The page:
The Stream, November 9: Poverty Will Increase If Climate Change Not Addressed, World Bank Says

The  Global Rundown

The Global Rundown

Climate change will push millions more people into poverty by 2030 if action is not taken to curb it, a report by the World Bank found. In a largely symbolic move, the United States denied approval of the Keystone XL pipeline. Rising sea levels are pushing port cities in Europe to rethink how they coexist with water. A new drought atlas tracks Europe’s climate over the past 2,000 years. Brazil is still trying to determine what caused a dam at an iron ore mine to burst, flooding nearby towns.

“Fighting water is a war you never win.”–Henk Ovink, Special Envoy for International Water Affairs for the Netherlands, on efforts by two of the largest port cities in Europe — Rotterdam and Hamburg — to protect against rising sea levels and floods. (Yale Environment 360)

By the Numbers

By The Numbers

100 million people Additional number, globally, at risk of entering poverty by 2030 if extreme weather and climate change are not addressed, according to the World Bank. Reuters

100 kilometers Distance floodwater and mud traveled from the site of a burst dam at a mine in Brazil’s Minas Gerais state. As a result of the incident, the world’s second largest producer of iron ore pellets is suspending production. Reuters; Bloomberg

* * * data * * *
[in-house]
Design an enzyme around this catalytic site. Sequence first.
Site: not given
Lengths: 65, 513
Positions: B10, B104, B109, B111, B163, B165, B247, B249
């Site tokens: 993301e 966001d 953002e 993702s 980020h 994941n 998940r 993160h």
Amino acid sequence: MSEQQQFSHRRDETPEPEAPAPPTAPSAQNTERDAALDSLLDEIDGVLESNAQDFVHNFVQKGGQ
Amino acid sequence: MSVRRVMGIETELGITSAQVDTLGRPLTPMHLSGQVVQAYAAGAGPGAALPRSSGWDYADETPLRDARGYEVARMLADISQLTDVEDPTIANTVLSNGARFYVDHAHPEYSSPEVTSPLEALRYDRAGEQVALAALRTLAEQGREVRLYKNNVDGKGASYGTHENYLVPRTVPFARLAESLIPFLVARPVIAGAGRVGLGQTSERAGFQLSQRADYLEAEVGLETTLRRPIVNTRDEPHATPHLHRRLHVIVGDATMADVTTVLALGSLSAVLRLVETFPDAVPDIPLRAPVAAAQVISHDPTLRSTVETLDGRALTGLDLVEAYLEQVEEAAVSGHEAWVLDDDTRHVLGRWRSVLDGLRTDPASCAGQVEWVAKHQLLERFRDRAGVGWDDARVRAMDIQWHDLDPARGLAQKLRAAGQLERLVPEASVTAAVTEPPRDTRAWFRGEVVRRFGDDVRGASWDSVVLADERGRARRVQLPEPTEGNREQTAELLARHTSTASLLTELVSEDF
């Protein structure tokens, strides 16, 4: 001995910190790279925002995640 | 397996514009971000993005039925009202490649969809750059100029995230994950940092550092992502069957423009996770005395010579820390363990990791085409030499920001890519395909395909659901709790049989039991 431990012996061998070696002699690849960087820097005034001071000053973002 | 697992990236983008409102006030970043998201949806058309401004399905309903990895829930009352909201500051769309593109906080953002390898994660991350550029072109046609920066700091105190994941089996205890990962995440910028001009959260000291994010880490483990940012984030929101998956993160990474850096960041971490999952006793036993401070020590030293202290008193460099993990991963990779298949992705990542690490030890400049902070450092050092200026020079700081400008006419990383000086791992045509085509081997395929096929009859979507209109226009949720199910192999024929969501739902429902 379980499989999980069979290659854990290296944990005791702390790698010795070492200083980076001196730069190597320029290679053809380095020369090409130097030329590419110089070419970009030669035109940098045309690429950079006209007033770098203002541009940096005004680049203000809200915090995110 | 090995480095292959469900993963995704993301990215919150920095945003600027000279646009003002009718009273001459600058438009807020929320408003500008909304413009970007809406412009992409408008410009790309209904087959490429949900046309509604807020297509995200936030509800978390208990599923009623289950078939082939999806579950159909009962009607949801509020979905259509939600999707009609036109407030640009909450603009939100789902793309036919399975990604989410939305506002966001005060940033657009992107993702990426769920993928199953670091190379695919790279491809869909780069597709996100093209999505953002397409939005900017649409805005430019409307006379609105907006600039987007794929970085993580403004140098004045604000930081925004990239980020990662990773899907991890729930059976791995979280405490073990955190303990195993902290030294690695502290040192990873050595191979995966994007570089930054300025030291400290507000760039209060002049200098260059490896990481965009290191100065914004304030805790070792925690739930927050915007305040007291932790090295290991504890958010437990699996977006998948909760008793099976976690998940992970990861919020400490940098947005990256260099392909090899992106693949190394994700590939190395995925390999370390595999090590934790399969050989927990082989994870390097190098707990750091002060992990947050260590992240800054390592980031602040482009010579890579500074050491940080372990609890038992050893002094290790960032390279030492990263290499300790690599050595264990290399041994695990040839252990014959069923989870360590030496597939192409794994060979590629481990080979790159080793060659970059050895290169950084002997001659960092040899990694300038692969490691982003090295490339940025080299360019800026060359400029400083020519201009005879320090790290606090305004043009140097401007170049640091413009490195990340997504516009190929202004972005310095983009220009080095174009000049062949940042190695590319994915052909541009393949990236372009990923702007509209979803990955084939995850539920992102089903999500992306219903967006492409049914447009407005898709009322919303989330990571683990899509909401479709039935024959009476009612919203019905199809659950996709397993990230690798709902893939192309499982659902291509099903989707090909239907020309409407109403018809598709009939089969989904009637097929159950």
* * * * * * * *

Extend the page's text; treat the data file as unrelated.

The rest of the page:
Science, Studies, And Reports

A new drought atlas uses tree ring data to provide information about wet and dry periods across Europe over the past 2,000 years. Researchers hope the atlas will provide clues to long-term climate patterns in the region and help predict future climate scenarios. The Earth Institute

On the Radar

On The Radar

U.S. President Barack Obama Friday denied approval for the Keystone XL pipeline that would have carried crude oil from Canada to the Gulf of Mexico. The refusal to approve the pipeline, long opposed by environmentalists on concerns about both water contamination and climate emissions, was largely symbolic of the new position the United States wants to stake out before global climate change negotiations this December, according to analysts. Guardian

0 replies

Leave a Reply

Want to join the discussion?
Feel free to contribute!

Leave a Reply